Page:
"We must know. We will know." This is the mathematician David Hilbert's epitaph, which captures the spirit of impatient optimism that led him over a century ago to define a set of unsolved problems to challenge the field of mathematics. Since then, many different groups have defined "Grand Challenges" to focus attention and effort on specific issues. The US government launched Grand Challenges for the 21st Century, including the BRAIN initiative (Brain Research through Advancing Innovative Neurotechnologies). DARPA launched the Robotics Challenge. And in 2003, the Bill & Melinda Gates Foundation launched the grant program Grand Challenges in Global Health that came to include multiple funding partners, following in 2007 with Grand Challenges Explorations as a complementary, more accelerated grant-making program. These two programs seek to regularly engage the world's brightest minds to solve some of the world's most pressing global health and development problems.
We on the Grand Challenges team at the Gates Foundation often get asked whether there is something special about the Grand Challenges family of programs launched and run by the foundation and its partners. After all, many groups are crowdsourcing innovation to solve defined problems. General Mills has its G-WIN program and GE has an open innovation platform, for instance. Is there anything unique about programs within the Grand Challenges family?
We have three answers. The first answer is that the Grand Challenges family of programs is focused on harnessing a global community of innovators to create new solutions - technology innovations as well as social and business innovations - to improve the health and accelerate the development of those most in need around the globe.
The second answer is that the Grand Challenges family is all about partners. Each Grand Challenges program can be viewed as an experiment in the Grand Challenges approach, and funders are carrying out these experiments both in partnership and independently, creating an expanding network of research partnerships spanning diverse topics.
One particularly rich example of this partnership network in action is the set of programs to improve maternal and child health launched over the last four years:
- Gates Foundation's Grand Challenges Explorations topics, one seeking to Create New Technologies to Improve the Health of Mothers and Newborns and one to Explore Nutrition for Healthy Growth of Infants and Children;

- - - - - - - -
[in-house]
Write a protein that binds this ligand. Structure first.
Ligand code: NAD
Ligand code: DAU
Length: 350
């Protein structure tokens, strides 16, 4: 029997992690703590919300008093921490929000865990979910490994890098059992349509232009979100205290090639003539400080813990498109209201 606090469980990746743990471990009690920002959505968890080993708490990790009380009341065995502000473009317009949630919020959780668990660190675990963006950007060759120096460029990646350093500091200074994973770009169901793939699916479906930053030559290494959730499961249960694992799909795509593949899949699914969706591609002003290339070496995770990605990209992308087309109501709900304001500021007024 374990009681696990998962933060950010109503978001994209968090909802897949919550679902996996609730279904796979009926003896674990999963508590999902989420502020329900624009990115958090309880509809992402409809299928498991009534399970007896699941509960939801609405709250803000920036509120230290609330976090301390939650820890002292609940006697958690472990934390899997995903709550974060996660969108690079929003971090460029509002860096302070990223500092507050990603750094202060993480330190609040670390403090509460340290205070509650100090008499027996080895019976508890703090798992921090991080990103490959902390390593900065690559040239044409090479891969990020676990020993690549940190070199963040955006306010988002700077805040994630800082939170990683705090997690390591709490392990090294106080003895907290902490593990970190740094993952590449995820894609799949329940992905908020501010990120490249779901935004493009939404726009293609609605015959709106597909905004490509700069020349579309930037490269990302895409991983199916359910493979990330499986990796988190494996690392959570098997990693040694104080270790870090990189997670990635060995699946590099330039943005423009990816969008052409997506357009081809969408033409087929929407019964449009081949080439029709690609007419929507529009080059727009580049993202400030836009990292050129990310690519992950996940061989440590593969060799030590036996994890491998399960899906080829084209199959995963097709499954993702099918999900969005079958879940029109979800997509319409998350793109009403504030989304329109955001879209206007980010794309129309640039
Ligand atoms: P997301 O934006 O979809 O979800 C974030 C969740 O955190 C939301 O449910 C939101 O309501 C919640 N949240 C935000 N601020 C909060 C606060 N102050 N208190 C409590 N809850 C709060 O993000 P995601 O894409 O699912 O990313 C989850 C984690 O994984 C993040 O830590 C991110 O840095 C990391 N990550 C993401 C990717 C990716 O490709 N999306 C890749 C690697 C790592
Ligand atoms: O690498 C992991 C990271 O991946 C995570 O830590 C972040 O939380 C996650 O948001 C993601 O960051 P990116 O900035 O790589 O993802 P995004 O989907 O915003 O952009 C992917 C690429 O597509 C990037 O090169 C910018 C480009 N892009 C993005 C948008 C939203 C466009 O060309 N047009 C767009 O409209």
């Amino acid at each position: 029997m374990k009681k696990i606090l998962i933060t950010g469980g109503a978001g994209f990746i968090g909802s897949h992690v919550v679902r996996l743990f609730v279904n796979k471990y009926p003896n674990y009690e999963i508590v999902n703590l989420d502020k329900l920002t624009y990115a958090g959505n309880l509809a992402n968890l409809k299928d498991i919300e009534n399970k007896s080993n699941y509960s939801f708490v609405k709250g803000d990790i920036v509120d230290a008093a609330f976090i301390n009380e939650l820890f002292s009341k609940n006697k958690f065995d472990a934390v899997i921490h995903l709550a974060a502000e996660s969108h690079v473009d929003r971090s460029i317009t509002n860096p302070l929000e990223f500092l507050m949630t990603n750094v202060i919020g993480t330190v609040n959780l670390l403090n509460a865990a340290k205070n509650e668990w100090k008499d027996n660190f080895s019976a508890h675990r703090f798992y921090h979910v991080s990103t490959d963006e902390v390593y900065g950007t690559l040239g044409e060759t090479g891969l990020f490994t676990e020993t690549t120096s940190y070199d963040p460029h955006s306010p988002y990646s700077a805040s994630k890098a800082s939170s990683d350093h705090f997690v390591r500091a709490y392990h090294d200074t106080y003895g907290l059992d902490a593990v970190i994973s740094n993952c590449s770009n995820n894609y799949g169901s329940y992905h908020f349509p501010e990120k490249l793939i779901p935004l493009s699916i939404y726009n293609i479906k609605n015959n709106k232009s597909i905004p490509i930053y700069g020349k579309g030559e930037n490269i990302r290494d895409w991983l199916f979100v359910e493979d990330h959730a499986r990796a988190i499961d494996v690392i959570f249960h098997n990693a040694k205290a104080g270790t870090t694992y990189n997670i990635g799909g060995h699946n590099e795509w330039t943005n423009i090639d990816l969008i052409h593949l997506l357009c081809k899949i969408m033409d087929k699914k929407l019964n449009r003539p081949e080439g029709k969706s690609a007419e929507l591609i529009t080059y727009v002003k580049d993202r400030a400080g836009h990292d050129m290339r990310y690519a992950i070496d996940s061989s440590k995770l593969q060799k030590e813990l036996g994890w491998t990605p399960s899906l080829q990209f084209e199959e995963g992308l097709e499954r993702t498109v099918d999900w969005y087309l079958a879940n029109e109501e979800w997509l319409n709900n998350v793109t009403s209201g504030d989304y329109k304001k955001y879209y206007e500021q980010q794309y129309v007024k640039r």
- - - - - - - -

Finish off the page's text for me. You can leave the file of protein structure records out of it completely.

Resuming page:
- USAID and partners' Saving Lives at Birth: A Grand Challenge for Development;
- Global Alliance to Prevent Prematurity and Stillbirth (GAPPS) and the Gates Foundation's Grand Challenges in Global Health: Preventing Preterm Birth;
- Grand Challenges Canada's Saving Brains;
- Gates Foundation's Grand Challenges in Global Health: Discover New Ways to Achieve Healthy Growth;
- Grand Challenges Brazil's Reducing the Burden of Preterm Birth;
- Grand Challenges India's Achieving Healthy Growth through Agriculture and Nutrition; and launched most recently,
- Gates Foundation's Grand Challenge Explorations topic Explore New Ways to Measure Fetal and Infant Brain Development
The third answer, as demonstrated by this set of programs on maternal and child health, is that the Grand Challenges family of funders and researchers together can be greater than the sum of the individual members – and that sharing the Grand Challenges brand helps make this possible. We recently held the first Grand Challenges Learning and Evaluation Meeting, bringing together nearly 80 current and prospective Grand Challenges funders and practitioners from 28 organizations and 12 countries. The goal of the two-day meeting was to learn from each other.
During the meeting, participants described progress to date and shared lessons from a decade of grant making, including highlighting what went well and what went less well in designing effective requests for proposals, managing projects, and measuring success. The meeting highlighted just how many different experiments in the Grand Challenges approach have been run, and it was hard to avoid the conclusion that there is now a global movement with self-sustaining momentum.
But how best to capitalize on this momentum? Based on discussion at the meeting, there are likely to be a number of ways to enhance the Grand Challenges approach by further aligning and synchronizing partners' efforts. And with an enhanced partnership network, this year's 10th anniversary Grand Challenges meeting provides an excellent opportunity to shape the next phase of the Grand Challenges approach for funding innovation with impact.